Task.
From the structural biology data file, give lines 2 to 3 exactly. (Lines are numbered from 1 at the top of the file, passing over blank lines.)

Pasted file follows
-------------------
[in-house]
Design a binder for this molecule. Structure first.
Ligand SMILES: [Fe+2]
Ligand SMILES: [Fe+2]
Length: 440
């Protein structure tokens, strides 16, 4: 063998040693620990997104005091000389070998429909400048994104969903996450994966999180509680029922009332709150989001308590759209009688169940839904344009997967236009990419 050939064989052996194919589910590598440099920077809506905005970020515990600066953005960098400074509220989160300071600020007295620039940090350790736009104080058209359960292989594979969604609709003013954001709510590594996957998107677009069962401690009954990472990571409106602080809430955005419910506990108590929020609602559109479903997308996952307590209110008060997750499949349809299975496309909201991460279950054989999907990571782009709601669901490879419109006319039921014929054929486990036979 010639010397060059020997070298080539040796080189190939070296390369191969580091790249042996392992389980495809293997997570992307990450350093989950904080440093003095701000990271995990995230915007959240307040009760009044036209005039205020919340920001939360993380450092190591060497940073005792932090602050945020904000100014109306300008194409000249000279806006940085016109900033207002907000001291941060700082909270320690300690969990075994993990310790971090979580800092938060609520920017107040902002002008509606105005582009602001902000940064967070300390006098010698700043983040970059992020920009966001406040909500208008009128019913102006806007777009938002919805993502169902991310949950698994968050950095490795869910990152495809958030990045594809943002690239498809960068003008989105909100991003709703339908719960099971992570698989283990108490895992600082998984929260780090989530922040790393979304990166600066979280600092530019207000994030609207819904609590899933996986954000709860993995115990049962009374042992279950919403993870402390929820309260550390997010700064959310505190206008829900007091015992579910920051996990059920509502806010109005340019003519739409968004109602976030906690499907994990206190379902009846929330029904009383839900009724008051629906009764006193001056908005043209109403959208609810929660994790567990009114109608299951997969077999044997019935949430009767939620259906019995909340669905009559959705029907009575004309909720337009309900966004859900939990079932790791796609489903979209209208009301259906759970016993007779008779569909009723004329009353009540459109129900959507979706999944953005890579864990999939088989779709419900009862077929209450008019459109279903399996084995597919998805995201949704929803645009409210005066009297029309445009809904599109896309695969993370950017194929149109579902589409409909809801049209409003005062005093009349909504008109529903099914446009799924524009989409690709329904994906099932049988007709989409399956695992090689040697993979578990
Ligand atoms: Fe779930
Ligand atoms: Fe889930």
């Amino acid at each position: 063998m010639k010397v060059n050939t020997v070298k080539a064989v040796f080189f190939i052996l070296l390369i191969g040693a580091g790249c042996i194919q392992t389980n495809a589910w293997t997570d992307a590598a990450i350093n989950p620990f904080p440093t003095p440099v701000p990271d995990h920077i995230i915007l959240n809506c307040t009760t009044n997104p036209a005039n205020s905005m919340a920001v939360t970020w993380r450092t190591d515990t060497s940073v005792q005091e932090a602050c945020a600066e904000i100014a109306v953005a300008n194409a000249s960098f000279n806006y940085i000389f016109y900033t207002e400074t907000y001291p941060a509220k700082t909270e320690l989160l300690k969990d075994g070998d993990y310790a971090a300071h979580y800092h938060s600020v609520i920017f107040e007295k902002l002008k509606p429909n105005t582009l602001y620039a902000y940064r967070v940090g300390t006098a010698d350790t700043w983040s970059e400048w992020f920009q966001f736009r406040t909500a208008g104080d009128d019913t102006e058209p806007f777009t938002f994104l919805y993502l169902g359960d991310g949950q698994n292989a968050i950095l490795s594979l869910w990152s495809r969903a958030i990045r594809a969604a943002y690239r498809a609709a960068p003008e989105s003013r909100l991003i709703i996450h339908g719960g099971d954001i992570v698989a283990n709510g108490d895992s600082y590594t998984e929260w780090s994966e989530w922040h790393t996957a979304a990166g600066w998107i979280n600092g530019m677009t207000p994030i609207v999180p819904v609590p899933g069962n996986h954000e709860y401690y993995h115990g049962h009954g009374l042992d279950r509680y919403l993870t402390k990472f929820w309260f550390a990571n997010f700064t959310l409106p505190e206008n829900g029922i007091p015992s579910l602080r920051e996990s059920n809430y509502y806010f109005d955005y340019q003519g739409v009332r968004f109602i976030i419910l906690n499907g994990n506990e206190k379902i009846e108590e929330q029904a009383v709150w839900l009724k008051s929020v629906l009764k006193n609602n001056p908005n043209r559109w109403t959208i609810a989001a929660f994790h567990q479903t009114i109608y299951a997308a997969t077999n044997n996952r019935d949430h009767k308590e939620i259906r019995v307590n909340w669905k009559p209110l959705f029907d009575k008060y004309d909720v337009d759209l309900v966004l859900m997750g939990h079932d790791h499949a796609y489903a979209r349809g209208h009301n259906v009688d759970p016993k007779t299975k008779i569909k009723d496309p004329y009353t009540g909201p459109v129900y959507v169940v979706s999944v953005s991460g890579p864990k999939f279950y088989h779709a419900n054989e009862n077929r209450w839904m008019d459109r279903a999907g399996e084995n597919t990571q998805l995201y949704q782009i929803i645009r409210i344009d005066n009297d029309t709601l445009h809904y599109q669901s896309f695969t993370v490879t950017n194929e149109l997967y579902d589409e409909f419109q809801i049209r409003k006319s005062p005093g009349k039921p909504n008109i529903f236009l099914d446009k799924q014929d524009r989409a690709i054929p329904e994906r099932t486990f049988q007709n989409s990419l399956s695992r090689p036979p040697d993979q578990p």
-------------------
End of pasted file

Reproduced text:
Design a binder for this molecule. Structure first.
Ligand SMILES: [Fe+2]